Witch

what a word
“rhymes with” I guess is still popular

and there are the re-broadcasts of
Samantha, Tabitha, Endora (Agnes Moorehead
of the Mercury Theatre), and Maurice Evans
as the father (of Samantha)

I know, he’s a warlock, though if I know
anything about witches (and I don’t know
much), they can be male

was there ever a witch like the one we once
invented then feared? I don’t think so—a
creature who leeched power from the devil
to cry havoc on the earth to wreck it toward
her ways, which must be

bent like her, like the witches in the Scottish play
(“cry havoc,” by the way, from Julius Caesar), as
fearsome pillars of fog and night—or so
they are portrayed; the witch

of Endor notwithstanding (and I don’t know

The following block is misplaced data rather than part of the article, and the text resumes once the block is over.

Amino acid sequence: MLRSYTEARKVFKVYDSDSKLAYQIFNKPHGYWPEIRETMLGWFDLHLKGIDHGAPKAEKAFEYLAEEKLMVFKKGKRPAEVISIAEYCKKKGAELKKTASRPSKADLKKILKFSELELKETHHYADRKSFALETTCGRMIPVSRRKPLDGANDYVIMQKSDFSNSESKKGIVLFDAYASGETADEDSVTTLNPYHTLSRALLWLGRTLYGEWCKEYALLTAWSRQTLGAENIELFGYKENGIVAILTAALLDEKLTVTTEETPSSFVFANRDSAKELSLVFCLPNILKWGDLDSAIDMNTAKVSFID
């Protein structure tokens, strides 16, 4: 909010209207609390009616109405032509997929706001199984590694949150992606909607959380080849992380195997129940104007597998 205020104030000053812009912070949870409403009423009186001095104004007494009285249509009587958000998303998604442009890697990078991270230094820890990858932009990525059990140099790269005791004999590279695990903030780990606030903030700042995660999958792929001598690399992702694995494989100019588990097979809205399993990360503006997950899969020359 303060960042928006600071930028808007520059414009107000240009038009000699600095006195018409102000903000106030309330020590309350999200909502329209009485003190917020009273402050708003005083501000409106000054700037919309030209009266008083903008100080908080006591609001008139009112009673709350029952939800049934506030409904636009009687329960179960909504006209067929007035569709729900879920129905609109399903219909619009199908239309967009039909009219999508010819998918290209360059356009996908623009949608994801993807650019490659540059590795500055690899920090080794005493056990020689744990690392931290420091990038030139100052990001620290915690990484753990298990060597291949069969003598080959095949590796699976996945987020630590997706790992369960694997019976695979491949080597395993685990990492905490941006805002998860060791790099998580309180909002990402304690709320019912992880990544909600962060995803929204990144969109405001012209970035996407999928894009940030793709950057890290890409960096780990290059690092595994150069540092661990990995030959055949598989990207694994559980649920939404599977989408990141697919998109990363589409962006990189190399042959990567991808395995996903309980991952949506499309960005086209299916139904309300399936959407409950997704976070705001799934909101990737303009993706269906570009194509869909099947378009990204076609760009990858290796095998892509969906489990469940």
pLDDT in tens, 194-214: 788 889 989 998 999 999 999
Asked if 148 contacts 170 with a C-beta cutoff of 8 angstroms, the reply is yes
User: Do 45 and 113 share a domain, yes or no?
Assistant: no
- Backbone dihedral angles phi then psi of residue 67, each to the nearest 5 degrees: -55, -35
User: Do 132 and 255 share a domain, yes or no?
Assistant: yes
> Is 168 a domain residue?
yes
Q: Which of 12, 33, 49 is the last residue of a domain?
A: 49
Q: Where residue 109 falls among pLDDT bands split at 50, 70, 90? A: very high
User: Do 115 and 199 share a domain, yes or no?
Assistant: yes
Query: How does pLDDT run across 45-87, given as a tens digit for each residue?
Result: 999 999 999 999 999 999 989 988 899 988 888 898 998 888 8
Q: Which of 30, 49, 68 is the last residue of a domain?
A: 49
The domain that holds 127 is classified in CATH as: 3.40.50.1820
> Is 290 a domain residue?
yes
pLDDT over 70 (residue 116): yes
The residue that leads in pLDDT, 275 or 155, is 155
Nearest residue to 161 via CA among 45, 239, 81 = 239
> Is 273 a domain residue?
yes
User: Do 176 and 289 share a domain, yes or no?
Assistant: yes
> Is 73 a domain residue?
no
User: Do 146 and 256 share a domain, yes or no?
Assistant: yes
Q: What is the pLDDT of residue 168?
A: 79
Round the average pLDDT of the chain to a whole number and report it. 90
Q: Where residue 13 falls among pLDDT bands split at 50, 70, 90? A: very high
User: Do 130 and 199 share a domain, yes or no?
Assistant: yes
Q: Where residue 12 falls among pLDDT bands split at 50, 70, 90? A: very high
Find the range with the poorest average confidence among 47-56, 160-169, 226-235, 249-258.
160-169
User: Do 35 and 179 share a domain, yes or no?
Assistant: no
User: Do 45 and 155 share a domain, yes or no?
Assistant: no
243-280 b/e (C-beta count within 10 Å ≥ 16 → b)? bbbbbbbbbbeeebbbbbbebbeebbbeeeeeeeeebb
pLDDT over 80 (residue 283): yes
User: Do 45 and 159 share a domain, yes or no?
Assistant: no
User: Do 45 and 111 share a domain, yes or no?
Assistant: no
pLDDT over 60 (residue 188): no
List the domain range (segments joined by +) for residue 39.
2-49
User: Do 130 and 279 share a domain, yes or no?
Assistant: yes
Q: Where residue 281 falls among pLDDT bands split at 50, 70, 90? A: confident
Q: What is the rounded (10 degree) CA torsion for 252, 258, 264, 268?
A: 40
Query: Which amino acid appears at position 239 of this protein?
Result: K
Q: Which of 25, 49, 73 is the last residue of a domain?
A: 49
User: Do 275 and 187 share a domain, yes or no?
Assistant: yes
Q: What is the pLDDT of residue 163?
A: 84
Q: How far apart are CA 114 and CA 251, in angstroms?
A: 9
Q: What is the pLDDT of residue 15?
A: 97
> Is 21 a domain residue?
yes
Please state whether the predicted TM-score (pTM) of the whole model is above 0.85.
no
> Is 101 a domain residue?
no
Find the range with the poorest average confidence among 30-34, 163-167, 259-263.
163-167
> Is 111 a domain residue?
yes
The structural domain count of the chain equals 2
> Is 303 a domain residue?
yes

ancient Hebrew to find if there’s a
better, closer word for her), I think

if there’s a witch who she likes a friendlier
power, the kind from nature, the kind

that heals

the one who studies nature better than Hamlet’s
mirror, as if to use what nature freely gives
to those who care, who want to make the
broad world better

white witch, black witch; red, yellow, blue, and
green witch (have I counted the Olympiad
flag, remembering that its field is white?)—all
who love the world, who heal, who kiss, who
touch our wounds in knowing ways, perhaps

these are the witches now and maybe ever were; if
the rest of us had behaved in better ways, maybe
witch-hunt would not be a shameful part of our
vocabulary: the rest is cant or, better yet, simply
modern Hallowe’en

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